In a study of Romans I was recently involved with, we had a few who thought Paul was a bit hard on the Jewish leaders. They commented, “They had been given the Law and they were simply doing their utmost to obey it.” I suppose, in a sense, that was true, but we have to keep in mind that Jesus’ stories are designed to help us see what we’re not seeing. Outward obedience to a code in anticipation of reward was never what God wanted from us. That is what men do with God, in their flesh and without the Spirit. We need to keep in mind that it is the heart, and, apparently, its circumcision, in which God is interested.
Watch over your heart with all diligence, for from it flow the springs of life. (Proverbs 4:23)
The Holy Spirit is focused on the why (or the spirit of the matter), while man, in his flesh, is hung up on the what (or the letter of the matter). God, as He perpetually endeavors to transform us into the image of His Son, is intent on why we do what we do. This happens along the way as we experience the circumcision of the heart. If we do not, we will be destined, like the Jews, to focus on external obedience and to repeat history—misrepresenting God to the very people He wants to reach.
In our Romans study, a number of questions came up, which I pray we might find answers to. One in particular stands out: “Is the circumcision of the flesh a one time affair, or is it an ongoing one?”
I believe the answer is ‘Yes!’ Physical circumcision takes place once in a baby boy’s life. It is something done by others to him. Flesh is cut away. I believe this happens once to us as well when we place our confidence in Christ as our new Life. Our rebirth is accomplished by the giving and receiving of His Spirit, something that God does to us—thus accounting for our new hearts which were promised as a part of the new covenant. And while it is a mystery, our flesh was crucified with Christ. In the unseen eternal realm the reign of our flesh is over. It is cut away.
Recall that it was circumcision of the flesh that was the evidence of being a partaker of the old covenant and its Law. It is circumcision of the heart that is evidence of the new birth and of being a partaker of the new covenant. Also keep in mind that we have been saved and are being saved. I believe in this being saved aspect of our lives (this working out of our salvation) his apprentices will also experience an ongoing circumcision of the heart. Those whose hearts are being formed into the image of Christ will see the scalpel again in the fullness of time when it becomes necessary to cut away aspects of our fleshly life which have yet to be surrendered to His rule.
I believe the idea of living-in Christ has been cut away from the normal Christian life in western culture. Living actively with Christ as Lord within our hearts is not well taught or modeled. Living fully in Christ, for the most part, has become an optional track for those who have been “called” into full-time ministry or into the “deeper” Christian life (as it has unfortunately been labeled). This is more than most signed up for when they asked Jesus into their hearts or performed whatever external ritual to join the church.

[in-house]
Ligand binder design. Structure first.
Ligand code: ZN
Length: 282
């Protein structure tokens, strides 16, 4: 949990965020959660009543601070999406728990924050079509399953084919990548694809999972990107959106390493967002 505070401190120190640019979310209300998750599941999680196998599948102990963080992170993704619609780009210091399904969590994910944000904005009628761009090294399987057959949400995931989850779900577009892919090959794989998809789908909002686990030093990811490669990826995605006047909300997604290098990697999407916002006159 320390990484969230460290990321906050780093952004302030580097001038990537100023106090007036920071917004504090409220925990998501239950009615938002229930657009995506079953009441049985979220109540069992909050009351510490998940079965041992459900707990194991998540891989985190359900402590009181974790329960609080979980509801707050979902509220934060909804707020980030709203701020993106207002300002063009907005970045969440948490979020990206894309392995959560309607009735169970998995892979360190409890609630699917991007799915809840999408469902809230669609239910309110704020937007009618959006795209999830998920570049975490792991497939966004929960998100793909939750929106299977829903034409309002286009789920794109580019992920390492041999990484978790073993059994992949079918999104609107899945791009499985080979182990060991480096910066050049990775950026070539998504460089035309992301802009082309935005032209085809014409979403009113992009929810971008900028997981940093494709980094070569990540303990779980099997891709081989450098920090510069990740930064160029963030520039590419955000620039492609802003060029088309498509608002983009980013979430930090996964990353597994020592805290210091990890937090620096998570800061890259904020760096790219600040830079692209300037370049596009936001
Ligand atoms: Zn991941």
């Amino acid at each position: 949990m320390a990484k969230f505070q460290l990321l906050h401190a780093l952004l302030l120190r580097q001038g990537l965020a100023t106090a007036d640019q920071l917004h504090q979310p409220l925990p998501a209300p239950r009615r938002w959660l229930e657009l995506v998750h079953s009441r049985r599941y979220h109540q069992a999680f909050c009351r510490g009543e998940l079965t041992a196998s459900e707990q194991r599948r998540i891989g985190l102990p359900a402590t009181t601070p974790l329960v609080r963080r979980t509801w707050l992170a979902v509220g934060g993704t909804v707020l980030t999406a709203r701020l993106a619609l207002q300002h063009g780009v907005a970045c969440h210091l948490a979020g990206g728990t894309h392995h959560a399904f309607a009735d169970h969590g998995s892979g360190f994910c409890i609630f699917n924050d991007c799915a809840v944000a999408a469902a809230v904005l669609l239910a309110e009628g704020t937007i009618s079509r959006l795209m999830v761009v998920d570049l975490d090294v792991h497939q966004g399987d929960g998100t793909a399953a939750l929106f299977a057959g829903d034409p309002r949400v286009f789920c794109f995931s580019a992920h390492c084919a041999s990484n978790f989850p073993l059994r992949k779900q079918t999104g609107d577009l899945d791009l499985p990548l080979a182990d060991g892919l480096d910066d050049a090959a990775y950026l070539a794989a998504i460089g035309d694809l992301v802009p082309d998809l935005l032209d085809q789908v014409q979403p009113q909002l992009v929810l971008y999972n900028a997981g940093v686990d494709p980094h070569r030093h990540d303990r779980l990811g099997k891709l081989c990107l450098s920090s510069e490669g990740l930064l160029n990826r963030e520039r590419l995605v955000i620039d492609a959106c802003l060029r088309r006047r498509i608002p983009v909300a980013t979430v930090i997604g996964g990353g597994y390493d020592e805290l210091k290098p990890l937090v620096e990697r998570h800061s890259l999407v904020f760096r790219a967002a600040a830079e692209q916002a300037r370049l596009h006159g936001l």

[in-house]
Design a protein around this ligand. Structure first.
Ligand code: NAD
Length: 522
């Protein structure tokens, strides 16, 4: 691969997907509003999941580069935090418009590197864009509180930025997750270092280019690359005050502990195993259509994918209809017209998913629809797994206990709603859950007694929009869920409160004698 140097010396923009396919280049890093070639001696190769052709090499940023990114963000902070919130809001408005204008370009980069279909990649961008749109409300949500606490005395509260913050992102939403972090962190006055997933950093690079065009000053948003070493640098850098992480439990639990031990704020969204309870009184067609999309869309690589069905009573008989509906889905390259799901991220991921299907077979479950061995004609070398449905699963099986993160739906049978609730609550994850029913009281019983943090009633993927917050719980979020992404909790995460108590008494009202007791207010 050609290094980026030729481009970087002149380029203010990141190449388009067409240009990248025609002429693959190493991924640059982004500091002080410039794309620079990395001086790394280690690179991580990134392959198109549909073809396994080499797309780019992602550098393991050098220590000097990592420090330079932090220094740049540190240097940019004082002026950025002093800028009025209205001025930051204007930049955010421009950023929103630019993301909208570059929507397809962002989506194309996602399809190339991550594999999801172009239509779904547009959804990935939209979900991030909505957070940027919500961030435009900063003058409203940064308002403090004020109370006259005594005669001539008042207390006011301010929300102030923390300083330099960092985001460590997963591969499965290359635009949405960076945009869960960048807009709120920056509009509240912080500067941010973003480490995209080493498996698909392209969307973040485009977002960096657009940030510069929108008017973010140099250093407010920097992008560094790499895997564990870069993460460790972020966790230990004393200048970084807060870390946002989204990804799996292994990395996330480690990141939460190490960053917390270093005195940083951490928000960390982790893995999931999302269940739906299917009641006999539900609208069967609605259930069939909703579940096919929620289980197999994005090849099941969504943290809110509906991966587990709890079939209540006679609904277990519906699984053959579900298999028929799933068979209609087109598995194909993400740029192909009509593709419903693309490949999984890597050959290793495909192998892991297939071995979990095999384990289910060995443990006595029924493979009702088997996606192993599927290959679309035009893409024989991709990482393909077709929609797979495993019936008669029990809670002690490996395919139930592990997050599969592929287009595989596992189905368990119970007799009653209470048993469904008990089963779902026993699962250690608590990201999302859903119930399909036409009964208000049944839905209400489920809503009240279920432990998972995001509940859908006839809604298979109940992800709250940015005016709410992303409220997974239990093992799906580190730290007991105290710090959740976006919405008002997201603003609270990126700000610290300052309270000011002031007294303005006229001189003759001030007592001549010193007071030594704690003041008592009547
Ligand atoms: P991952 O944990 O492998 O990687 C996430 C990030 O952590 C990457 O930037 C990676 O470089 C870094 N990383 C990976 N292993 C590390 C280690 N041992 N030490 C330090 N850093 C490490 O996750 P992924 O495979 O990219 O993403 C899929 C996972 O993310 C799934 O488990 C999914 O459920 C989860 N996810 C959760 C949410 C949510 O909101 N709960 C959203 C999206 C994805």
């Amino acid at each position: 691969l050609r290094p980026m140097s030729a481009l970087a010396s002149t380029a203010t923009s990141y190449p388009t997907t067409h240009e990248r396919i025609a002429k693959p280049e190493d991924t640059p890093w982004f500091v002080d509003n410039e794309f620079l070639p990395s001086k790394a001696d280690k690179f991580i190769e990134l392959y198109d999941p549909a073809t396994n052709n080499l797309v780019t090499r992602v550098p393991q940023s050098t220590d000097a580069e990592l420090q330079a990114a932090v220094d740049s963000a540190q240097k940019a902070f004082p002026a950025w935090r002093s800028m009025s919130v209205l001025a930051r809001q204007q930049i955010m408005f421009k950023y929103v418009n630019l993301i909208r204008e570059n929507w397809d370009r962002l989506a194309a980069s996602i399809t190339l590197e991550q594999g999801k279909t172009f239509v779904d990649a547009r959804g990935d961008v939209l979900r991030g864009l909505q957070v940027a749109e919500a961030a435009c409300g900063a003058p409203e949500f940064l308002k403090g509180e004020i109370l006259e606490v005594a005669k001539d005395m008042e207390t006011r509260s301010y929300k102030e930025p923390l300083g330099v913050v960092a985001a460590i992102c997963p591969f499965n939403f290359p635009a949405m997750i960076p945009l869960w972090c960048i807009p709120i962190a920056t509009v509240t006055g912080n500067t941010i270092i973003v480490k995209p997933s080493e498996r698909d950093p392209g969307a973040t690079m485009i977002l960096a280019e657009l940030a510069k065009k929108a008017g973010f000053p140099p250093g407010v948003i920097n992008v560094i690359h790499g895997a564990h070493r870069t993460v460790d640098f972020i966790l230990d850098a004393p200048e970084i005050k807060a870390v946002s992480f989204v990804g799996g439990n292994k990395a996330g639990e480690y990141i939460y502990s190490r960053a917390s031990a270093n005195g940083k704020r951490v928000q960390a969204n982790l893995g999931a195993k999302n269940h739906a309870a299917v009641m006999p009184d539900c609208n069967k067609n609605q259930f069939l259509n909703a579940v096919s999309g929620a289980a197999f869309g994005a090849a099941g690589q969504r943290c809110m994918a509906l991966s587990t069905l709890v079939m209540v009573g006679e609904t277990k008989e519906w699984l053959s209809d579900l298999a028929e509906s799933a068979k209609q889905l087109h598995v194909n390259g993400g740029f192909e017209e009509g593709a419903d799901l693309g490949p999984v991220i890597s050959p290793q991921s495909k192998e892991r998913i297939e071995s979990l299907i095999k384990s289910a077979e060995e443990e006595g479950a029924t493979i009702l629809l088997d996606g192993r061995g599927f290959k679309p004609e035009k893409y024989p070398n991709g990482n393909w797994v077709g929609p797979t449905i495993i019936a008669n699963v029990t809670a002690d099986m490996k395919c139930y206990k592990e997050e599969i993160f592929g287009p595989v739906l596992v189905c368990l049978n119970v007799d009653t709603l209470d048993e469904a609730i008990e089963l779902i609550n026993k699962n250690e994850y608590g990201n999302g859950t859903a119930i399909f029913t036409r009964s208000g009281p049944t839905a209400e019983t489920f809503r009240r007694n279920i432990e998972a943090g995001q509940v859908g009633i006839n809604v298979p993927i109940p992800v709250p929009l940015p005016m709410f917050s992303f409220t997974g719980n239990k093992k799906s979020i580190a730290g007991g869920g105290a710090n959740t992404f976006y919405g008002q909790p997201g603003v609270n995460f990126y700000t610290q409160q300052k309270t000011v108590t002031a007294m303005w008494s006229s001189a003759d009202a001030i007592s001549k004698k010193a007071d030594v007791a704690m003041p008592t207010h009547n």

Could the widely acknowledged malaise in western Christianity be traced to the circumcision of discipleship (living in Christ) away from the Christian life? Could this error account for millions of believers who are anticipating God’s kingdom when they die, when in fact, unbeknownst to them, it’s already here? How are we different than the Jews who were in trouble for their stewardship of the covenant entrusted to them? Is there sufficient transformation into Christ’s image to prevent His name from being blasphemed by us in our age? Isn’t this already happening?
But when the fullness of the time came, God sent forth His Son, born of a woman, born under the Law, so that He might redeem those who were under the Law, that we might receive the adoption as sons. Because you are sons, God has sent forth the Spirit of His Son into our hearts, crying, “Abba! Father!”
So many of us are laboring in our obedience to live lives that are pleasing to God. If we are to measure ourselves by New Testament standards (and not our own present culture’s) there are a few litmus tests we can use. The first one I see is this: when God’s will is being done on earth as it is in heaven, joy will always accompany it (certainly not grumbling).
A second: persons of questionable character will be drawn to the salvation which they see worked out by the adopted sons and daughters whose identities are being altered and whose character is being reshaped – saints who are infected with celebrant, childlike joy and gratitude. Sadly though, people will continue to be repelled by joyless lives attempting to comply with the letter of a particular religious code, however hard they labor to please God. Always, the Spirit gives life, but the letter of the law kills.
Is being a disciple really a deeper Christian life or is it just the normal one which has been, of necessity, cut away from western Christian culture so that we can focus on the here’s and now’s of a temporal, material world without troubling our consciences?
Father, We have rejected the disciple’s life in Christ for so many wrong reasons and not surprisingly we are failing in Your commission to go and make disciples. Let now be the fullness of time. Let authentic renovation of our hearts take place. Deliver us from all the heart-errors that contribute to our misrepresentation of You. Awaken us and restore to us our new hearts, which do not see your reign as a heavy burden, rather as the very Spirit of righteousness who indwells and animates us. Work within our hearts until our realization of being Your sons and daughters spills out into a flood of stories honoring Your holy and precious name.